Shoulder pain and weightlifting: how to avoid it

Written by: Mr Nick Ferran
Published: | Updated: 05/02/2019
Edited by: Laura Burgess

If your New Year’s resolution is to get fit and you’re about to join a gym, it’s important to know that many gym-goers manage to either sustain injuries to their shoulder or experience shoulder pain that limits their exercise. This is usually due to a number of reasons, including poor technique used during weightlifting. Orthopaedic surgeon Mr Nick Ferran sees several patients at his clinic with injuries or pain related to gym activity. Here he explains the commonest gym-related shoulder injuries and how to stay shoulder-safe when it comes to lifting.
 

What causes gym-related shoulder injuries?

The four factors that can lead to shoulder pain or injuries in the gym from weightlifting are:

There is no doubt that overloading a tendon beyond its structural capability will cause it to rupture. But overloading isn’t just about weight, the direction in which the load is applied, and the rate at which it is applied can also cause tendons to fail. Degenerate tendons are weaker than healthy ones and as we age, our tendons degenerate, so we need to be cautious how we load our tendons as we age. Repetitive loading can also cause problems for shoulders. Too many repetitions and not enough recovery time can lead to inflammation of the subacromial bursa or flare-up of tendinopathy of the rotator cuff tendons or long head of biceps tendon resulting in pain during or after exercise.

Poor technique can cause similar problems by loading our tendons in unfavourable directions or positions which can also lead to inflammation and pain. Steroids and other performance enhancers are known to weaken healthy tendons leading to ruptures, so it is always advised to avoid these.
 

What are some of the common shoulder injuries from lifting?

The most common shoulder injuries to occur from going to the gym can vary from:

  • rotator cuff injuries – the muscles and tendons around the shoulder joint may become inflamed.
  • rupture of the pectoralis major tendon.
  • injuries to the long head of the biceps or the labrum – the cartilage rim surrounding the shoulder socket to keep the ball of the joint in place.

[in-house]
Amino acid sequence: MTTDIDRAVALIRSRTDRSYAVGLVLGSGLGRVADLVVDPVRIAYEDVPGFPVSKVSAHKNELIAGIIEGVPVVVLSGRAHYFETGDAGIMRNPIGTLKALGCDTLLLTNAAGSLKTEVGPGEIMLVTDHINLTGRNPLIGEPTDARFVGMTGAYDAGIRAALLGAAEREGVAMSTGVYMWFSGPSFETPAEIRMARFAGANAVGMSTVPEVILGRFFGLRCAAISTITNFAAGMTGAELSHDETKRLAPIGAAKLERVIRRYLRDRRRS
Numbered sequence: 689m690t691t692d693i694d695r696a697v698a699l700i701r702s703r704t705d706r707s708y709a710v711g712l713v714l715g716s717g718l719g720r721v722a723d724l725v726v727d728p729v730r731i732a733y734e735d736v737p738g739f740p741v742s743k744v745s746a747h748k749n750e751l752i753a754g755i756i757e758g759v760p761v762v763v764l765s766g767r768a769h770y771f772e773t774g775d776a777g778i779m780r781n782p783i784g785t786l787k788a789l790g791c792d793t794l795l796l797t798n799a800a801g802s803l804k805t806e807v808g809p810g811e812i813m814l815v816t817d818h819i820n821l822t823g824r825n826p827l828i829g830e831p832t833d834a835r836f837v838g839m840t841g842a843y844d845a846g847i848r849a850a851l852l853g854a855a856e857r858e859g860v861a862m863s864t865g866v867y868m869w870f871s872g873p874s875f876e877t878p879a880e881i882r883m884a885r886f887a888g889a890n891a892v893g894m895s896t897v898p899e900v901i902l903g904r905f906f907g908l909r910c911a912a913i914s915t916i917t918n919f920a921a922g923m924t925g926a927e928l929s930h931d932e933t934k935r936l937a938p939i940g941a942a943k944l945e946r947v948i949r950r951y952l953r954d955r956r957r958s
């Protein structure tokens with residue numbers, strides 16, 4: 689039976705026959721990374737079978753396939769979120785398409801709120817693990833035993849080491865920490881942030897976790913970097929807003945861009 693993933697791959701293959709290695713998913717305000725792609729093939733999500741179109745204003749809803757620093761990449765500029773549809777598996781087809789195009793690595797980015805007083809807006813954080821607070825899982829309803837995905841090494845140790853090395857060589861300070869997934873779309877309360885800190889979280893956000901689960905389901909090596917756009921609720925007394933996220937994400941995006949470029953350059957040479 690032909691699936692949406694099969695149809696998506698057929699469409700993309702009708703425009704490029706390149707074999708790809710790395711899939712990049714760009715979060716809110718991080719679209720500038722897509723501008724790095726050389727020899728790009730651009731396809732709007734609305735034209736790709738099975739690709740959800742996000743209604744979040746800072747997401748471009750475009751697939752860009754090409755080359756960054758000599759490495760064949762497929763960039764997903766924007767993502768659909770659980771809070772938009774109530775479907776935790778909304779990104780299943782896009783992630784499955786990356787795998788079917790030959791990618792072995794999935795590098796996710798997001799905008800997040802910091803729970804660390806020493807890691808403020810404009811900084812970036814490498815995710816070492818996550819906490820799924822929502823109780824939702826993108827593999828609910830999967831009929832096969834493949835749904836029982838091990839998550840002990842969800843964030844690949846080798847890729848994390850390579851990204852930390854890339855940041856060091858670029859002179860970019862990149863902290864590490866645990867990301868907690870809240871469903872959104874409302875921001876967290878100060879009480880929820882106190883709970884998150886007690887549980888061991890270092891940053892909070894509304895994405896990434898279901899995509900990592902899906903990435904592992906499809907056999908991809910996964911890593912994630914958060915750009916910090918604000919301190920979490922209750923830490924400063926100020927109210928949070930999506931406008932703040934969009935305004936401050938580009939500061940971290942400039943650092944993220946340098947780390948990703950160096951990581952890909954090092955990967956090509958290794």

• shoulder dislocations – which may occur in severe cases due to the loss of control of extreme weights.
     

How can I avoid shoulder pain when lifting?

The best way to avoid gym-related injuries is to have a sensible routine that increases weight in a safe and realistic manner. The technique is also important, and we can often fall into bad habits and postures that need correcting. I recommend consulting a personal trainer or strength and conditioning coach to develop a safe and realistic plan to meet your goals. Most good gyms offer introductory plans for free. Getting a personal trainer or strength and conditioning coach to show you how to perform exercises especially weight lifting correctly and safely is key, but I would get them to review you from time to time to ensure you aren’t developing bad habits or posture.

Finally stay away from steroids and performance enhancers if you want to stay away from the surgeon’s blade!

By Mr Nick Ferran
Orthopaedic surgery

Mr Nicholas Ferran is a leading consultant trauma and orthopaedic surgeon based in London, who has a special interest in shoulder and elbow surgery. His areas of expertise in treating the shoulder and elbow include fractures and dislocations, soft tissue injuries and degenerative conditions.

Mr Ferran graduated from The University of the West Indies in 2002 and continued his postgraduate training in the UK. His specialist trauma and orthopaedic training was on the east midlands (south) T&O rotation.

He gained additional sub-specialist experience in shoulder and elbow surgery by completing prestigious fellowships at The Prince of Wales and Concord Hospital Sydney, Australia, and at Circle, Nottingham.

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